We had lunch by the lake, stopped for Mennonite ice cream and headed home to shower, relax, and watch the green tree iguana from the deck of duPlooy's bar.

Tomorrow we visit a medicine trail and try some Mayan cooking.

The adventure continues.

Sunday, August 02, 2009

After Lunch Day 2 The Maya

After Lunch Day 2 --The Maya

Even the trip to Xunantunich was a hoot! The road into and out of duPlooys is as rough as you can have and still drive on it, so every trip is an adventure. When we finally got out it was a short drive to the Hand Crank Car Ferry. One car or van at a time. Every one gets out of the van, the driver drives it onto the ferry, you stand beside it, and the ferry guy ( technical term) turns a crank that pulls the ferry, the van, and all of us across the Mopan River. Very 19th century, very cool! I asked our guide why they have not tried to mechanize the

process and he said if they did , the ferry guy would be out of a job. He is right. This is what we do in the US. In Central America, they keep the man working .

Then about a mile drive to the parking lit and a short mile hike up to the ruins. Unbelievable! I will have to add detail later, (iPod typing is hard,) but this is a sight that has to be seen . I will add Picts later, but the climb to the top of the biggest pyramid was worth
it. You can see for miles and miles.

More later.

Birding At duPlooys

The day started early with rumbles of thunder and hard rain. Well, it
is a rainforest afterall. The two hour difference made getting up forthe 6:30 birding much easier than I thought. The deck overlooking the
forest and the river put us at canopy level. The clouds and early
rain slowed down tha bird activity. We still spotted over 20 newspecies. Well, not new species, but new to my list. We heard many of
them through the night too. We cut the bird hike a bit short when we
got a bit more rain. Breakfast came next and the we had a great walk/
talk through Ken duPlooy's Belize Botonic Garden-- and that was just
the morning!

Next we go to Xunantunich the Myan ruins and archeological site. WOW!

First day

Early departures are a two edged sword--first you have the added
stress of trying to figure out just what time you are going to have to
get up to pull your stuff together get it into your car and get to the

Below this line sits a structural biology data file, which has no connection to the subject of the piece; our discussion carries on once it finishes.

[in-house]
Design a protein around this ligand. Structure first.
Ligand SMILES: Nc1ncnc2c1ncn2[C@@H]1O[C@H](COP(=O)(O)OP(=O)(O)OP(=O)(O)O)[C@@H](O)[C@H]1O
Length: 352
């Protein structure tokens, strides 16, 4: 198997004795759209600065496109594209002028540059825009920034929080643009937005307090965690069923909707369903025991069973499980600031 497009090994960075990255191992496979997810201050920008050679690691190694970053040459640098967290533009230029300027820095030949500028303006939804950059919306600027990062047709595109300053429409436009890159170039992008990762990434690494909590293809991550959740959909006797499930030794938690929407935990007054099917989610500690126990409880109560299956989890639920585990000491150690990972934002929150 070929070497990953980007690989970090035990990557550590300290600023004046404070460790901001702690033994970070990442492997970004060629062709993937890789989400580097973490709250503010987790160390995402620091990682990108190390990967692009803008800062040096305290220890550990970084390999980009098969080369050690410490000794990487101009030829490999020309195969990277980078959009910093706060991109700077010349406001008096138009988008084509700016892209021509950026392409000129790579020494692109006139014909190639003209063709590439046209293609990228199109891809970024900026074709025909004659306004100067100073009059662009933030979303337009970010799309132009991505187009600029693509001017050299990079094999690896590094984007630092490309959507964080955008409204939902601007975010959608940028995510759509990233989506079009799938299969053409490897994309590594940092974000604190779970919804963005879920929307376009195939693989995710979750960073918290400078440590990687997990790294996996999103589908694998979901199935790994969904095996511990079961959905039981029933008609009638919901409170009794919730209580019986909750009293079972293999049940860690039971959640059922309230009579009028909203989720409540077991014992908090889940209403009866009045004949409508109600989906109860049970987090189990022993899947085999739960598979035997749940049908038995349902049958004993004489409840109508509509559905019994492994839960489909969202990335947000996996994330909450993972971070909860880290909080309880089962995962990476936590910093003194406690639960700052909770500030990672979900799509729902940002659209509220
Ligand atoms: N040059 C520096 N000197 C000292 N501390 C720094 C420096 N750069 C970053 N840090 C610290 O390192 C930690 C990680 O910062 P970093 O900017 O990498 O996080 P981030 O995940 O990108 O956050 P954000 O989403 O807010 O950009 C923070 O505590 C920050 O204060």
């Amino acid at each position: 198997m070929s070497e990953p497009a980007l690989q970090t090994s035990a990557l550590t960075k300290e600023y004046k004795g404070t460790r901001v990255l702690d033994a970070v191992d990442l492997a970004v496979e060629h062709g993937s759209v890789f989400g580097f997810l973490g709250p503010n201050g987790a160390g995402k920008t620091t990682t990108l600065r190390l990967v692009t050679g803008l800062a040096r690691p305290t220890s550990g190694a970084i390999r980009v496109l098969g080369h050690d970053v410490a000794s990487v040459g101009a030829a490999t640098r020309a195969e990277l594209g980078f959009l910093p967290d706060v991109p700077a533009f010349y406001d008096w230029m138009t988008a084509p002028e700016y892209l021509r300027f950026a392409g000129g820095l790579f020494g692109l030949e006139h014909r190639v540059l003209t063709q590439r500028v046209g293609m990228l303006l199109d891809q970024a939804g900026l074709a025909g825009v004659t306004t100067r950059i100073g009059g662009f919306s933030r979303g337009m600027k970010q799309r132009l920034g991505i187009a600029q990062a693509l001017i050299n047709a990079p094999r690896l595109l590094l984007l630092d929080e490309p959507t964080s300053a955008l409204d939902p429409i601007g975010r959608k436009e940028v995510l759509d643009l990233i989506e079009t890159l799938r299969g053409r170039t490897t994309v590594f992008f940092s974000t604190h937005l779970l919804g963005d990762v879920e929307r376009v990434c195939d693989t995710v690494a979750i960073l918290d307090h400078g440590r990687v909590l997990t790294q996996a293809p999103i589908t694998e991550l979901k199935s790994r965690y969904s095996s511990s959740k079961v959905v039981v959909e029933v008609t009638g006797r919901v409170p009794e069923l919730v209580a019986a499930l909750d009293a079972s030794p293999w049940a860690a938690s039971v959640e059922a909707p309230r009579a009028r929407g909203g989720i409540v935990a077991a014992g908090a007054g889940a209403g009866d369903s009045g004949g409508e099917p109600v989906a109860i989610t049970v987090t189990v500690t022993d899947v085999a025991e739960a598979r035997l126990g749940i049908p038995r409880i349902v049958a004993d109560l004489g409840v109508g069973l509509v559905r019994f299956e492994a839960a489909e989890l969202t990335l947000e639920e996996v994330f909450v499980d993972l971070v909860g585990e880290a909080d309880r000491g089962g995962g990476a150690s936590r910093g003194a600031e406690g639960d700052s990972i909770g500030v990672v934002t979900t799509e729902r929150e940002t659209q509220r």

airport --is it an international flight?? Well you need a bit more
time. Yikes that means you have to set the alarm to 3am-- 3am I
awfully early. The other side of the sword is that you might have a
shot at arriving at you destination with some of your travel day left
to actually start exploring. With the 2 hour time difference we were
scheduled to get to Belize at about 10:30 or so.

Everyone arrived at the airport within minutes if each other--good
start. They even checked us all in at the same time. Good deal. The
flight was full, but it was a good flight to Houston. We were even
checked through to Belize City.

Well, we made it. Easy flights. We got here at 10:30, passed customs
and were on the road to the Belizian jungle by 11:30. The first stop
was the Belize Zoo. Wow. Animals right up close. Jags and tapirs and
pumas. I have lots of Picts, but have not down loaded any yet. The
zoo started after a film crew did a nature film and then left the
animals in the care of an American that was handling the animals. She
started the zoo so the animals would not die. Any way, it was
incredible to see them so close.

The jungle is hot, humid AND beautiful. Dinner in the canopy with a
choir of birds. More to come.
Sent from my iPod

Saturday, August 01, 2009

Wednesday, July 29, 2009

First Belize Blog

Well, we are just about ready to fly south and west. The trip
involves a very early flight from Cleveland to Houston----6 am. But
we do get to Belize pretty early--10:36 their time. This should allow
for a stop at the Belize Zoo before getting to duPlooys. I have read
that the Macal River is flooded. I hope this does not ruin any of the
planed trips. Anyway, the birds will still be there and the plants
should be even more lush. Time will tell. That is all for now--More
to come soon. RBenz (still in Ohio.)